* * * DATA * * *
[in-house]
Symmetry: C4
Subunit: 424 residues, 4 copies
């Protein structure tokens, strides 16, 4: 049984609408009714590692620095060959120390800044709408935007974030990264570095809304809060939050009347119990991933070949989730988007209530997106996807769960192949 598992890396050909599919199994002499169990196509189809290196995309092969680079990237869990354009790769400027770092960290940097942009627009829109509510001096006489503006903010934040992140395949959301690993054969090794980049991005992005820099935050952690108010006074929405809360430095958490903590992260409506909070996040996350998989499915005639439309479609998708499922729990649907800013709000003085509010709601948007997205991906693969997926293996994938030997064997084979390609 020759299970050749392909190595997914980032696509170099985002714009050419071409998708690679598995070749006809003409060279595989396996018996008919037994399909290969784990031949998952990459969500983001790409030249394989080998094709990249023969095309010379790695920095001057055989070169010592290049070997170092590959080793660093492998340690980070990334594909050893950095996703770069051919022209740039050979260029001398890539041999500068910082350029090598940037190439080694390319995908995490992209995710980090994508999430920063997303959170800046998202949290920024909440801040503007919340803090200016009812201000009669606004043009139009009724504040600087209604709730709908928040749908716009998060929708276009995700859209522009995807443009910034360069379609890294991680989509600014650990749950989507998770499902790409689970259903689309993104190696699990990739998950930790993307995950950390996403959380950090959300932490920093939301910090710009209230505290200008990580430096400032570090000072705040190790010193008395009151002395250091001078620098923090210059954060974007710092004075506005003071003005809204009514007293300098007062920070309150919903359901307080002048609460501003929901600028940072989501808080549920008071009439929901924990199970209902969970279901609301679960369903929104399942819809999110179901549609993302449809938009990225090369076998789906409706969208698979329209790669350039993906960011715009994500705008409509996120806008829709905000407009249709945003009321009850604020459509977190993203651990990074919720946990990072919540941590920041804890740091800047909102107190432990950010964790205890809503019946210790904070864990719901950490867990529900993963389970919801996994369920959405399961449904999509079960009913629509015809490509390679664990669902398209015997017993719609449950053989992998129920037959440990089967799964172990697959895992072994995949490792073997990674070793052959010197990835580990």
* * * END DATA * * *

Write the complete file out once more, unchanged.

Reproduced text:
[in-house]
Symmetry: C4
Subunit: 424 residues, 4 copies
């Protein structure tokens, strides 16, 4: 049984609408009714590692620095060959120390800044709408935007974030990264570095809304809060939050009347119990991933070949989730988007209530997106996807769960192949 598992890396050909599919199994002499169990196509189809290196995309092969680079990237869990354009790769400027770092960290940097942009627009829109509510001096006489503006903010934040992140395949959301690993054969090794980049991005992005820099935050952690108010006074929405809360430095958490903590992260409506909070996040996350998989499915005639439309479609998708499922729990649907800013709000003085509010709601948007997205991906693969997926293996994938030997064997084979390609 020759299970050749392909190595997914980032696509170099985002714009050419071409998708690679598995070749006809003409060279595989396996018996008919037994399909290969784990031949998952990459969500983001790409030249394989080998094709990249023969095309010379790695920095001057055989070169010592290049070997170092590959080793660093492998340690980070990334594909050893950095996703770069051919022209740039050979260029001398890539041999500068910082350029090598940037190439080694390319995908995490992209995710980090994508999430920063997303959170800046998202949290920024909440801040503007919340803090200016009812201000009669606004043009139009009724504040600087209604709730709908928040749908716009998060929708276009995700859209522009995807443009910034360069379609890294991680989509600014650990749950989507998770499902790409689970259903689309993104190696699990990739998950930790993307995950950390996403959380950090959300932490920093939301910090710009209230505290200008990580430096400032570090000072705040190790010193008395009151002395250091001078620098923090210059954060974007710092004075506005003071003005809204009514007293300098007062920070309150919903359901307080002048609460501003929901600028940072989501808080549920008071009439929901924990199970209902969970279901609301679960369903929104399942819809999110179901549609993302449809938009990225090369076998789906409706969208698979329209790669350039993906960011715009994500705008409509996120806008829709905000407009249709945003009321009850604020459509977190993203651990990074919720946990990072919540941590920041804890740091800047909102107190432990950010964790205890809503019946210790904070864990719901950490867990529900993963389970919801996994369920959405399961449904999509079960009913629509015809490509390679664990669902398209015997017993719609449950053989992998129920037959440990089967799964172990697959895992072994995949490792073997990674070793052959010197990835580990």